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Published on March 13th, 2019 | by Remco Frank

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The Netherlands is improving the verification system of the Nuclear-Test-Ban Treaty (CTBT)

A couple of weeks ago the Dutch Minister of Foreign Affairs, Stef Blok, and his colleagues from Belgium and Luxemburg signed a Memorandum of Understanding (MoU). This MoU will improve the verification regime of the CTBT by reinforcing transnational scientific cooperation.

The Comprehensive Nuclear-Test-Ban Treaty (CTBT) was signed in 1996 and prohibits all nuclear tests worldwide. In order to monitor the verification regime of the treaty, an International Monitoring System (IMS) has been rolled out. This system consists of a network of monitoring stations that can measure vibration, noise and radioactivity and use these data detect nuclear tests worldwide. The Royal Netherlands Meteorological Institute (KNMI) is, on behalf of the Netherlands, part of this network.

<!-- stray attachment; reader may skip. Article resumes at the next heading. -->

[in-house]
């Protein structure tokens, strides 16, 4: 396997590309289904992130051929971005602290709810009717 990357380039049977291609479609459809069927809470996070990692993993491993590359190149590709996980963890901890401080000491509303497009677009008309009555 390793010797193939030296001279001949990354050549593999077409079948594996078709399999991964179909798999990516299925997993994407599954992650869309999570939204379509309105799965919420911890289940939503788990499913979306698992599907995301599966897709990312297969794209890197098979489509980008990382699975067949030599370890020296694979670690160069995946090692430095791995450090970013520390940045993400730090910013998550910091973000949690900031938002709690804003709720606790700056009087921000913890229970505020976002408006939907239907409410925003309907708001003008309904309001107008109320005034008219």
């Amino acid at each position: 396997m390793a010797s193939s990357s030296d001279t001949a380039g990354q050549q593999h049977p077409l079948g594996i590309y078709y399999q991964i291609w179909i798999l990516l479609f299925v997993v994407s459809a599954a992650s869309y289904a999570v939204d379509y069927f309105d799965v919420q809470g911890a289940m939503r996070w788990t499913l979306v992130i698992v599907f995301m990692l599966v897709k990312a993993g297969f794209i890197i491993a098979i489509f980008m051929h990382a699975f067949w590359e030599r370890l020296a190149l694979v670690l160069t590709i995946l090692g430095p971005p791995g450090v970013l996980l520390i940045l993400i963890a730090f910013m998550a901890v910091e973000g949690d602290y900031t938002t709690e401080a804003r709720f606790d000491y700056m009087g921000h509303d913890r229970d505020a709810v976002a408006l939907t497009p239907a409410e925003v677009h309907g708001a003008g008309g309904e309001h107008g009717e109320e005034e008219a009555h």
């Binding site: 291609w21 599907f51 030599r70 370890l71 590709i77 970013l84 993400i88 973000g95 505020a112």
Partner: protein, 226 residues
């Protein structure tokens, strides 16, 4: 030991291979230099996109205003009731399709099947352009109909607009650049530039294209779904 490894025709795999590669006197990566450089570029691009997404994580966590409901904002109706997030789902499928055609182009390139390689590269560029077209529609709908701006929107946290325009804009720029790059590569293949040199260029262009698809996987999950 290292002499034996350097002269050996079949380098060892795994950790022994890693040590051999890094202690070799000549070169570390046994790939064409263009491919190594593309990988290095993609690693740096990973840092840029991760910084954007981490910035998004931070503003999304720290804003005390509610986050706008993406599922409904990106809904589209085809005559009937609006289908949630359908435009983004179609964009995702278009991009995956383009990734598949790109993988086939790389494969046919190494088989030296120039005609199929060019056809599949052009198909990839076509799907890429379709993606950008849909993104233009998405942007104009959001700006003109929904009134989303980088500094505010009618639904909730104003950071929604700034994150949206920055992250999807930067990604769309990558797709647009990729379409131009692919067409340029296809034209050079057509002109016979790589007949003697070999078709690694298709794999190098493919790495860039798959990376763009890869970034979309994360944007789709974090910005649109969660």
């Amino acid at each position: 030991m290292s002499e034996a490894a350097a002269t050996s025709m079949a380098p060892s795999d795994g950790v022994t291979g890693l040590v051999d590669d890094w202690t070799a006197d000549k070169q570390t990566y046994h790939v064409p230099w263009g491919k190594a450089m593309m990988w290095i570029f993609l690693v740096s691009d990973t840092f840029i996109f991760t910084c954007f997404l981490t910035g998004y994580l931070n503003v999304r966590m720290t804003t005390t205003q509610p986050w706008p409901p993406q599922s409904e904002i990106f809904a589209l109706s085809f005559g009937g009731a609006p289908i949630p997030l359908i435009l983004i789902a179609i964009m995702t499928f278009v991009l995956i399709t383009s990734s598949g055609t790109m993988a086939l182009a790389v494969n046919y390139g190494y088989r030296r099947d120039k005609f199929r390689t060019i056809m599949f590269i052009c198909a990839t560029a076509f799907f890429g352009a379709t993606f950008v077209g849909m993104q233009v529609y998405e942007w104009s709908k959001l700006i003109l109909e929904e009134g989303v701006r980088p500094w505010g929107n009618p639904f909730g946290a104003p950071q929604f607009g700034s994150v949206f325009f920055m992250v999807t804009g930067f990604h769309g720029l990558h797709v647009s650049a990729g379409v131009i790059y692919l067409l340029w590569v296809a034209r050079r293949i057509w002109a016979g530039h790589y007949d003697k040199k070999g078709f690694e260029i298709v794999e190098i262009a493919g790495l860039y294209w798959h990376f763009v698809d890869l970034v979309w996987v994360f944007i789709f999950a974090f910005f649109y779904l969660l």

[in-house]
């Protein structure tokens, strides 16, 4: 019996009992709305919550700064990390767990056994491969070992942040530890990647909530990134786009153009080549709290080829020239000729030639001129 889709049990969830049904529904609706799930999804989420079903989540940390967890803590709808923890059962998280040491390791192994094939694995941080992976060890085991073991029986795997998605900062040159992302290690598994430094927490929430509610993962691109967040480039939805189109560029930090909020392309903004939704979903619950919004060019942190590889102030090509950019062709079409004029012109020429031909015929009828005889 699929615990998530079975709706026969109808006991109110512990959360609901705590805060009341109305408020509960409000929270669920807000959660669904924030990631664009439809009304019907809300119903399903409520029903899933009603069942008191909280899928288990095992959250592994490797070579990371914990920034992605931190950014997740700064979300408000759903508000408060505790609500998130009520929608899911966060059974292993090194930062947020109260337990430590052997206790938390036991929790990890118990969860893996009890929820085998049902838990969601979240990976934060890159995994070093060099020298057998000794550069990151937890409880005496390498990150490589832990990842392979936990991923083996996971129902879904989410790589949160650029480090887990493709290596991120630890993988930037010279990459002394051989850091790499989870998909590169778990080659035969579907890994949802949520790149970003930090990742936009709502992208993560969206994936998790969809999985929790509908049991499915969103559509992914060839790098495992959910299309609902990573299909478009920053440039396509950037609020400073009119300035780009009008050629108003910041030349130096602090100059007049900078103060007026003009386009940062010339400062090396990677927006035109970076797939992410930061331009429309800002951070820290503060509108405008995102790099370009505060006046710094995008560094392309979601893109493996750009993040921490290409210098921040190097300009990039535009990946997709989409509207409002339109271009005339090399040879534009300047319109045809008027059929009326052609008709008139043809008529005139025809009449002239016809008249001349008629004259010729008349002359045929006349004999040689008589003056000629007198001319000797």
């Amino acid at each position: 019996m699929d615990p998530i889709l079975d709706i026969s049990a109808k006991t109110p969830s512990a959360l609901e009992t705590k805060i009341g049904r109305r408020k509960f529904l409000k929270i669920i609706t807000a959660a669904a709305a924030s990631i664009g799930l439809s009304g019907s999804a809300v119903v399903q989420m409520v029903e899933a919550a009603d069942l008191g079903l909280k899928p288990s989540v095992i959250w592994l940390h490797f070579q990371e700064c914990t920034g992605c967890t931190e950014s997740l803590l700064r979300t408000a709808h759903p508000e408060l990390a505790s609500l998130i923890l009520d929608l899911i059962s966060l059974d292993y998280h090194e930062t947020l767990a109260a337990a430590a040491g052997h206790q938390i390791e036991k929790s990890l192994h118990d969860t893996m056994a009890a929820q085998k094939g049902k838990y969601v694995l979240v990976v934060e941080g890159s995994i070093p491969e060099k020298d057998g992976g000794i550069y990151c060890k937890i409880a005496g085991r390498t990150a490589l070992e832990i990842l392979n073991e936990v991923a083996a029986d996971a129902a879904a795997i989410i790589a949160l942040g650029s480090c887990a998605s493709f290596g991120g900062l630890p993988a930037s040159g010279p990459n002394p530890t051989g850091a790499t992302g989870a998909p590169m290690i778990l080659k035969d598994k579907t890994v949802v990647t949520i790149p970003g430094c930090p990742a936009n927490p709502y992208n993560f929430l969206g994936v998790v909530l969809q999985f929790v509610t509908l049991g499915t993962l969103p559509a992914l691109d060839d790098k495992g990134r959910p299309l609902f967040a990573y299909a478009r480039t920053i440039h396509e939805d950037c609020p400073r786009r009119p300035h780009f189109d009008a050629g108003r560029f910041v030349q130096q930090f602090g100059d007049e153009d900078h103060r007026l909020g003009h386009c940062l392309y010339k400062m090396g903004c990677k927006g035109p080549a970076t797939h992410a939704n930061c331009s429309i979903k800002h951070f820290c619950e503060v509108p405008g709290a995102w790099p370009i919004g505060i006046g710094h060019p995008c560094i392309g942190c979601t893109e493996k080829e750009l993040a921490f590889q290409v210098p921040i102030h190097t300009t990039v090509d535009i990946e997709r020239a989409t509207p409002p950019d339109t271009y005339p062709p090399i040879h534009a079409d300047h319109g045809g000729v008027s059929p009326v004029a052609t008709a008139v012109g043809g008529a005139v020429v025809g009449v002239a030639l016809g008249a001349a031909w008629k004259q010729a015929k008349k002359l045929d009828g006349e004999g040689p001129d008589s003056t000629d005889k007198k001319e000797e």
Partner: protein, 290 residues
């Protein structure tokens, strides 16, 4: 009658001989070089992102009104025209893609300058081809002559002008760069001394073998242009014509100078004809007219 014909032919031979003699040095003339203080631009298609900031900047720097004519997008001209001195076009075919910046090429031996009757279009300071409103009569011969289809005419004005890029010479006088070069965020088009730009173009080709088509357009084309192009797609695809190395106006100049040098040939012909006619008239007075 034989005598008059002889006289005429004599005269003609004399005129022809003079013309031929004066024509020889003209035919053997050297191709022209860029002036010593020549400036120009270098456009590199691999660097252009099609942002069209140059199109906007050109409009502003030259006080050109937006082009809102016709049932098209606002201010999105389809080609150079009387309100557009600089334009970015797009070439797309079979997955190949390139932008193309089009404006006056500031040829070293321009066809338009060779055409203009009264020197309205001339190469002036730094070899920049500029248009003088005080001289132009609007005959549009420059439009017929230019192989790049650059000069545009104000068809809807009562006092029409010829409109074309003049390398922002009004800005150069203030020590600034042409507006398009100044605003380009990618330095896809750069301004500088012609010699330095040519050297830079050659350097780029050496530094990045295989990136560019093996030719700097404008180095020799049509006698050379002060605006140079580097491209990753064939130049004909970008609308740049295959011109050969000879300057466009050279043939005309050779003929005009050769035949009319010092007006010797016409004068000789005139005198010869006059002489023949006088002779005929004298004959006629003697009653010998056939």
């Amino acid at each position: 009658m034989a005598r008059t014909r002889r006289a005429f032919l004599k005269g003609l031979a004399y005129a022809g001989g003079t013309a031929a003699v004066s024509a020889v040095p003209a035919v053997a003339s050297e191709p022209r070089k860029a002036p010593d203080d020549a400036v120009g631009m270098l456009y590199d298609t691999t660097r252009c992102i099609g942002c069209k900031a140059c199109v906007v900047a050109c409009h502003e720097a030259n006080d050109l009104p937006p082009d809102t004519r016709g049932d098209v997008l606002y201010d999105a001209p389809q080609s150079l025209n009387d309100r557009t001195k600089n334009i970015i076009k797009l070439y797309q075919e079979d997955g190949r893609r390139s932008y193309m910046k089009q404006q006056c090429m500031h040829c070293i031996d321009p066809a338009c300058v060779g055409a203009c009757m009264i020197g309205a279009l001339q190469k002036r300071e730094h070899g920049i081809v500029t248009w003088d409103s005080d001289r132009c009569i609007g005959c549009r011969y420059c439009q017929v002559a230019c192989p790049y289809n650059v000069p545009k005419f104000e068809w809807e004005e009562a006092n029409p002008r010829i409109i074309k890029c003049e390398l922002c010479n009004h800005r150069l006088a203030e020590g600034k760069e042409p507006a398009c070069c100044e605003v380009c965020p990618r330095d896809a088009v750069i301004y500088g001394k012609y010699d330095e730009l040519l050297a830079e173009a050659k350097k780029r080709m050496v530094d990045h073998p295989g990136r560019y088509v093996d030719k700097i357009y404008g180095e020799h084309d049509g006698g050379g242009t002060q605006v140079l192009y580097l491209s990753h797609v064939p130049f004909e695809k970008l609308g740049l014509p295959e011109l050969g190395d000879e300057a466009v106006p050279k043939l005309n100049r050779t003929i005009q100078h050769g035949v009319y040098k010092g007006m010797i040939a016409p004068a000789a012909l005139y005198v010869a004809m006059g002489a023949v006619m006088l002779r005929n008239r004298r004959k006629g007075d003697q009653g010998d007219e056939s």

PAX welcomes this closer cooperation and considers it as a positive sign that the Netherlands is trying to improve the verification system of the CTBT.

The MoU that the Ministers of Foreign Affairs of the three countries signed will stimulate the pooling of expertise and the conduct of joint analyses. This scientific cooperation of the CTBT national data centers and scientists is the first of its kind. This cooperation will improve the quality of the analyses and as a result will also improve the detection of nuclear tests. In short, the verification system of the treaty will be improved which will increase the norm against nuclear weapons.

Coverpicture: IMS Infrasound monitoring array on Greenland (source: CTBTO Public Information)

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About the Author

Remco Frank is a Project Officer Nuclear Disarmament at PAX. Previously he worked at the Communications and Public Affairs departments of PAX. Remco studied Political Science and Conflict studies and spent a semester abroad in Moscow.



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